Giving Voice to Fragile, Introspective Souls: About Shin Kyung-sook

  • onOctober 19, 2014
  • Vol.4 Summer 2009
  • byShin Kyung-sook

Writer Shin Kyung-sook received acclaim for capturing her characters’ subtle interior shifts and their existential depths in Where the Harmonium Once Stood and continued to demonstrate her competence as a stylist and a storyteller with a new title every year or two, including the novels Deep Sorrow and A Lone Room. With the publication of the historical novel Yi Jin and more recently, Take Good Care of Mom, Shin has once again achieved the acclaim and success of her earlier work.

Shin Kyung-sook was born in January 1963 in Jeongeup, Jeollabukdo (province). She was the fourth child and oldest daughter among six children; her parents were farmers in a remote village – electricity first became available when she was in sixth grade – where a clan of Shin families had settled. Thanks to her third older brother who was an avid reader, reading and writing became a natural everyday activity for Shin at an early age.

After Shin graduated from middle school, circumstances made it difficult for her to go on to high school, so her mother, who had hoped that her daughter would continue her education, took Shin to Seoul, where her oldest brother had taken a day job while studying for the bar exam. At 16, while working at an electronics plant in the Guro Industrial Complex, Shin began attending a special night program for industrial workers at the Yeongdeungpo Girls’ High School. Around this time she met a teacher named Choe Hong-i who encouraged her dream to become a writer. She began her literary training reading books by laying them open under the conveyor belt and copying her favorite works line by line.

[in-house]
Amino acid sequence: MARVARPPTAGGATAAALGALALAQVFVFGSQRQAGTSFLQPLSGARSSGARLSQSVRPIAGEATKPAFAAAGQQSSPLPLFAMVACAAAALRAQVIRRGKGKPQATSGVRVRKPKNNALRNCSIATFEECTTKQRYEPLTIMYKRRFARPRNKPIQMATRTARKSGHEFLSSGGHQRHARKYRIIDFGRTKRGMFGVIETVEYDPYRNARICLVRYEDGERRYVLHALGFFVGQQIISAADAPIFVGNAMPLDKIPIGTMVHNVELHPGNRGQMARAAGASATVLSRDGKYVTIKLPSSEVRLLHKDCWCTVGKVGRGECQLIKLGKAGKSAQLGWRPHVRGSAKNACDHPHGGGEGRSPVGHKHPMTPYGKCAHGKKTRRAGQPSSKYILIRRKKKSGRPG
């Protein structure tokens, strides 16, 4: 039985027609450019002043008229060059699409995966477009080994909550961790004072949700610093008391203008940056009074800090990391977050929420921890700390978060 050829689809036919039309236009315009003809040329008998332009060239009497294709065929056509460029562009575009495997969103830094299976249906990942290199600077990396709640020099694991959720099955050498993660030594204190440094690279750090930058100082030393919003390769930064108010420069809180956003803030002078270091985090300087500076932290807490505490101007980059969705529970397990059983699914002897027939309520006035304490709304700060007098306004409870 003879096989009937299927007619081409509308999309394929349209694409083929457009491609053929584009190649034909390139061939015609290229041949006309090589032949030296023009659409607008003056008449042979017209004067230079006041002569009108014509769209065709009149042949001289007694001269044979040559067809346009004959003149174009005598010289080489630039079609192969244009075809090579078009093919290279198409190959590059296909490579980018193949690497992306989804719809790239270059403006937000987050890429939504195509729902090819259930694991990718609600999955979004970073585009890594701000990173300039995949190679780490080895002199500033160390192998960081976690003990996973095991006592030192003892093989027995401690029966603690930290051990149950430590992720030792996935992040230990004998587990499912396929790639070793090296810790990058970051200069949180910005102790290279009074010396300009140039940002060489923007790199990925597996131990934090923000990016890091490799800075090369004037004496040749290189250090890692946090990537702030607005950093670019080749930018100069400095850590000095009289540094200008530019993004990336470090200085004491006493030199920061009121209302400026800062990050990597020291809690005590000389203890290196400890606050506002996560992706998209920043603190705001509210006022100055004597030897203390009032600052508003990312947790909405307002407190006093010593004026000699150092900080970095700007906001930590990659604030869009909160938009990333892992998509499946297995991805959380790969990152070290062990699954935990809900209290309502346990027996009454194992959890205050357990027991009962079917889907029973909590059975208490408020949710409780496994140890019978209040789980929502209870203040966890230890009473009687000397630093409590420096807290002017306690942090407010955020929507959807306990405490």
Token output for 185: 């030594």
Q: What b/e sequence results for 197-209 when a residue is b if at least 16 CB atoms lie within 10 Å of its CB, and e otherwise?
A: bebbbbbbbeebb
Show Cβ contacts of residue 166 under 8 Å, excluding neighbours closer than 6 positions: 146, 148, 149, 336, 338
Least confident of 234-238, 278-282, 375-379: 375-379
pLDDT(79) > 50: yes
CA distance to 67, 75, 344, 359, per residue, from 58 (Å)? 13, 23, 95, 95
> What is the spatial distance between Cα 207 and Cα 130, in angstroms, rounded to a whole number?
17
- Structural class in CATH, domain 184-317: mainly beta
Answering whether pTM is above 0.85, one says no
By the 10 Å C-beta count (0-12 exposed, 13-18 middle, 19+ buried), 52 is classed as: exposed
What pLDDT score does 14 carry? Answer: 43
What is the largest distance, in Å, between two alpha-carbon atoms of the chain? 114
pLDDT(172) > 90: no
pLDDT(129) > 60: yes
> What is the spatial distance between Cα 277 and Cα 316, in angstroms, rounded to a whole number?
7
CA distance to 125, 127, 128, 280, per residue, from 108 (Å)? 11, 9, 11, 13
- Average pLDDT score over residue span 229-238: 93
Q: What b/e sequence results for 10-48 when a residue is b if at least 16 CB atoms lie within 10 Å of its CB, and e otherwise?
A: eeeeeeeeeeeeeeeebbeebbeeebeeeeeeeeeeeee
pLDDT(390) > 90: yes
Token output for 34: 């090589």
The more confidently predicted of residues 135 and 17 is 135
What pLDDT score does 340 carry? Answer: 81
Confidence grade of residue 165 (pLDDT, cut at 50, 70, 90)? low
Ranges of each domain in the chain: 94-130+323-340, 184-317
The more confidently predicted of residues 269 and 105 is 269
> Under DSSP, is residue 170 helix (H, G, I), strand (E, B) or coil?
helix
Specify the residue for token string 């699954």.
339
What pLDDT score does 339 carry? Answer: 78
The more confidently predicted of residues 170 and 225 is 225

She went on to major in creative writing at the Seoul Institute of the Arts and made her debut as a writer in 1985, at the age of 22, when she was named winner of the Newcomer’s Prize from The Literary Joongang for her novella, “A Winter’s Fable.” In 1988, while going through a series of jobs at publishing houses and radio stations, she published her first collection, titled A Winter’s Tale. But up to that point, her works did not receive much attention.

It was Shin’s second collection, titled, Where the Harmonium Once Stood, published in 1993, that made a name for her. Her stories, which accurately captured the characters’ subtle interior shifts and furthermore, their existential depths, in elegant, delicate prose, were a new and fresh approach in Korean fiction, then dominated by narrative-driven realist works. Shin’s first novel Deep Sorrow, published the following year, and her second, titled, A Lone Room, published a year later, demonstrated Shin’s competence not only as a stylist but also a storyteller. The former, a love story between the heroine Eun-seo and two men, named Wan and Se-ra, sold over 700,000 copies. The latter is an autobiographical work depicting Shin’s experience as a new arrival in Seoul working in a factory in Guro while attending night school. Her poignant portrayal of the main character’s pain as she suffers her fall from her well-adjusted and wholesome life in the rural village to the struggles of the urban poor, had a great impact on readers and society. In a stream of consciousness narrative method that moves between the past and present, the novel recounts the history of the laborers who were sacrificed in the course of Korea’s industrialization through the eyes of a sensitive young girl.